Combining chemical genomics screens in yeast to reveal spectrum of effects of chemical inhibition of sphingolipid biosynthesis
Danielle Kemmer, Lianne M McHardy, Shawn Hoon, Delphine Rebérioux, Guri Giaever, Corey Nislow, Calvin D Roskelley, Michel Roberge
BMC Microbiology , 2009, DOI: 10.1186/1471-2180-9-9
Abstract: Using the example of the tumor cell invasion inhibitor dihydromotuporamine C, we show that a more complete picture of drug action can be obtained by combining different chemical genomics approaches – analysis of the sensitivity of ρ0 cells lacking mitochondrial DNA, drug-induced haploinsufficiency, suppression of drug sensitivity by gene overexpression and chemical-genetic synthetic lethality screening using strains deleted of nonessential genes. Killing of yeast by this chemical requires a functional mitochondrial electron-transport chain and cytochrome c heme lyase function. However, we find that it does not require genes associated with programmed cell death in yeast. The chemical also inhibits endocytosis and intracellular vesicle trafficking and interferes with vacuolar acidification in yeast and in human cancer cells. These effects can all be ascribed to inhibition of sphingolipid biosynthesis by dihydromotuporamine C.Despite their similar conceptual basis, namely altering drug sensitivity by modifying gene dosage, each of the screening approaches provided a distinct set of information that, when integrated, revealed a more complete picture of the mechanism of action of a drug on cells.Knowledge of the different proteins and cellular processes affected by chemicals is necessary to rationally guide drug discovery and development. This is a difficult challenge because unbiased techniques to sample all possible target proteins and pathways are currently lacking. The observation that modifying the amount or activity of a gene product via mutation, overexpression, downregulation or deletion can change the response of a cell to a chemical [1,2] raises hope that systematic genome-wide screens of drug sensitivity can help uncover direct and indirect drug targets as well as modifiers of cellular responses to chemicals.The yeast Saccharomyces cerevisiae is currently the eukaryotic model organism with the most comprehensive genome-wide collections of mutant strains avail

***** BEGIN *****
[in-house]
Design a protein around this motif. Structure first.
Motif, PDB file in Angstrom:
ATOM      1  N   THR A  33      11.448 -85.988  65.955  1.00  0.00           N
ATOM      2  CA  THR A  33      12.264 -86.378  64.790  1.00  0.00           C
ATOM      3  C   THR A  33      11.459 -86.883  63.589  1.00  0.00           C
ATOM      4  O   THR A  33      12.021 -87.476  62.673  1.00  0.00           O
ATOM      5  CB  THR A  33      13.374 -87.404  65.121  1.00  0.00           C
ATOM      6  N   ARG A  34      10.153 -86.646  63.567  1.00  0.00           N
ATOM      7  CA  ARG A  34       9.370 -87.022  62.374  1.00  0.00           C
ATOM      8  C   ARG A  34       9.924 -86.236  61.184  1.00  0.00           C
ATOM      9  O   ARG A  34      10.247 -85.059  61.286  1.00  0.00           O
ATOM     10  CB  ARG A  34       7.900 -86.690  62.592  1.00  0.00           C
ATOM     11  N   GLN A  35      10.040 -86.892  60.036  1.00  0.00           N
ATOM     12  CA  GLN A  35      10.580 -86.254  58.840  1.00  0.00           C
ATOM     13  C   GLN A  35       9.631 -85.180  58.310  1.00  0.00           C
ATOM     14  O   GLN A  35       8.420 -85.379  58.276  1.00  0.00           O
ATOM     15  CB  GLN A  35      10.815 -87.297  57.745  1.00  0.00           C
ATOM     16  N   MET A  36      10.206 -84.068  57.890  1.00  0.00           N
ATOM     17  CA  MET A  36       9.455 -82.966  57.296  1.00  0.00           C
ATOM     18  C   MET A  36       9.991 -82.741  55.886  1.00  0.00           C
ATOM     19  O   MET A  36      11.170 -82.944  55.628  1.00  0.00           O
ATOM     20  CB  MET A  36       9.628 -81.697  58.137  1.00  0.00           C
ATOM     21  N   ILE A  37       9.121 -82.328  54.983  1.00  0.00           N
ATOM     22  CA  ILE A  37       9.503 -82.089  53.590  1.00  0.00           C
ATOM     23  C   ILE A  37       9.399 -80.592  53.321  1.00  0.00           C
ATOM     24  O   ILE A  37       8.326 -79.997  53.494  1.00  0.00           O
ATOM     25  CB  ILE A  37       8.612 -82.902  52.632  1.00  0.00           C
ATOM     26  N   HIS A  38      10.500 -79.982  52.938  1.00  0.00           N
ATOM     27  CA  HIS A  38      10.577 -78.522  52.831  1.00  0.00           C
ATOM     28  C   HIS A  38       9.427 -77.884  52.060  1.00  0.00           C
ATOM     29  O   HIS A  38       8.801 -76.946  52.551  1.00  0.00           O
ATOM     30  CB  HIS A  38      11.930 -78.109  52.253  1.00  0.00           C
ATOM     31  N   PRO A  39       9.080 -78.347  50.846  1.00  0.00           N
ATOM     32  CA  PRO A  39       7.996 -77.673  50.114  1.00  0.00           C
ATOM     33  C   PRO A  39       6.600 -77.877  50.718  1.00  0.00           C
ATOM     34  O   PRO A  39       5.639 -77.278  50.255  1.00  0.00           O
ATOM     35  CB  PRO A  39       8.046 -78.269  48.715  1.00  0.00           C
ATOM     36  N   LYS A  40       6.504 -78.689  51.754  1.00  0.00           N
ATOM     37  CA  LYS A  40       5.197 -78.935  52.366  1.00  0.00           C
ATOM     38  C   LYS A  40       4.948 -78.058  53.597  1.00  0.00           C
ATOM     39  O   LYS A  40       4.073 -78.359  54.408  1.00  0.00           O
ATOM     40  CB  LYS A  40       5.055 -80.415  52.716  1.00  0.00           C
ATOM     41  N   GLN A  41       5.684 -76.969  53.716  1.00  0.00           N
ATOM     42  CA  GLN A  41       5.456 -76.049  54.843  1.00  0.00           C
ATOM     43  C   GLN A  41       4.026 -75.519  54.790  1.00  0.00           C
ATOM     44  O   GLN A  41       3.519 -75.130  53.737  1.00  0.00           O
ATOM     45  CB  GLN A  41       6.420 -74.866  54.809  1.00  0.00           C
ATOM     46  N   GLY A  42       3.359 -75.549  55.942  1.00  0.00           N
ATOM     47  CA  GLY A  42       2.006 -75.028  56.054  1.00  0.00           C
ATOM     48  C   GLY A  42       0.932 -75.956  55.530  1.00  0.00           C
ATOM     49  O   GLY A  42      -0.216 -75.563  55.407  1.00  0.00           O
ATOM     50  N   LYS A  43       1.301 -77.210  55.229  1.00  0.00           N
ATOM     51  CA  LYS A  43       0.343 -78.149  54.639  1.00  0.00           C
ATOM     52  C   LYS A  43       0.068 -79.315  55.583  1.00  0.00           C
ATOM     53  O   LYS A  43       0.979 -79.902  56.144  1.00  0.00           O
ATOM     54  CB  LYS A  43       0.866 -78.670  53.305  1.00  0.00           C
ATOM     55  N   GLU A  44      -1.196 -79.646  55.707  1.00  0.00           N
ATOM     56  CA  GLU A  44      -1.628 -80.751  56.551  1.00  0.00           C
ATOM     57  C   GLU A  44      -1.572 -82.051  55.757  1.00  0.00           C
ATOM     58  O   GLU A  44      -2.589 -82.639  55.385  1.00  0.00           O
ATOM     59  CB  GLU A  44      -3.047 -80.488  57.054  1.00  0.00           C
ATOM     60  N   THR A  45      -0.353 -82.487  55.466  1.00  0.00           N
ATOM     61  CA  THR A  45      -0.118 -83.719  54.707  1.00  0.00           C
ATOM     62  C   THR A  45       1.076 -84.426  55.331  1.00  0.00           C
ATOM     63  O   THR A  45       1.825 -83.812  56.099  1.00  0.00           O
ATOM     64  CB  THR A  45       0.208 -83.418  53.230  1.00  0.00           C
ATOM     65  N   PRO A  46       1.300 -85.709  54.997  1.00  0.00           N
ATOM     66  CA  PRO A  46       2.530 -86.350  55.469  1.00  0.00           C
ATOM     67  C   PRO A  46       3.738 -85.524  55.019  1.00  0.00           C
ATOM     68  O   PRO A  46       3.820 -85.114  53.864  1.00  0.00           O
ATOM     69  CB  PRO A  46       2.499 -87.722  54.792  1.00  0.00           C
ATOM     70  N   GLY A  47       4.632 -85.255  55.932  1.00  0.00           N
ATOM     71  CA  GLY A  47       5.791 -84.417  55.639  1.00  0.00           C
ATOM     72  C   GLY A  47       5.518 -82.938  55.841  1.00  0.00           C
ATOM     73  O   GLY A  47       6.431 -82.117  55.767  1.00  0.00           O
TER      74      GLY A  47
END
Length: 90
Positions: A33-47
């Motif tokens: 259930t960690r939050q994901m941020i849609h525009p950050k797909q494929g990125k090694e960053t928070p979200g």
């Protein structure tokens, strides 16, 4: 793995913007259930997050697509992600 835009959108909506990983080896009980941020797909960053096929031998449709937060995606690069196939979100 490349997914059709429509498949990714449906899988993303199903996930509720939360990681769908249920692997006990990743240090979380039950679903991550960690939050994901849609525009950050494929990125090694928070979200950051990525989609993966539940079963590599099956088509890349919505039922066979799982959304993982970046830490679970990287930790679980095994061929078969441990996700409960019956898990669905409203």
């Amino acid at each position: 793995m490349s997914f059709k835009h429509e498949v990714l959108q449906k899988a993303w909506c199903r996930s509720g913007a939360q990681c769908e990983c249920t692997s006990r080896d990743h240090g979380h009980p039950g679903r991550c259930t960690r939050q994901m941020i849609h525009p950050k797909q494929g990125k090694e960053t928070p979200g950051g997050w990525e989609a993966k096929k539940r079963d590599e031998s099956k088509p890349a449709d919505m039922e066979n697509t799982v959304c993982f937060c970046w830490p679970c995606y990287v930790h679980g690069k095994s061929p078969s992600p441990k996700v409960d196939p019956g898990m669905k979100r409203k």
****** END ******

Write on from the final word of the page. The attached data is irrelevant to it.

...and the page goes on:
Multiple Means to the Same End: The Genetic Basis of Acquired Stress Resistance in Yeast
David B. Berry,Qiaoning Guan,James Hose,Suraiya Haroon,Marinella Gebbia,Lawrence E. Heisler,Corey Nislow,Guri Giaever,Audrey P. Gasch
PLOS Genetics , 2011, DOI: 10.1371/journal.pgen.1002353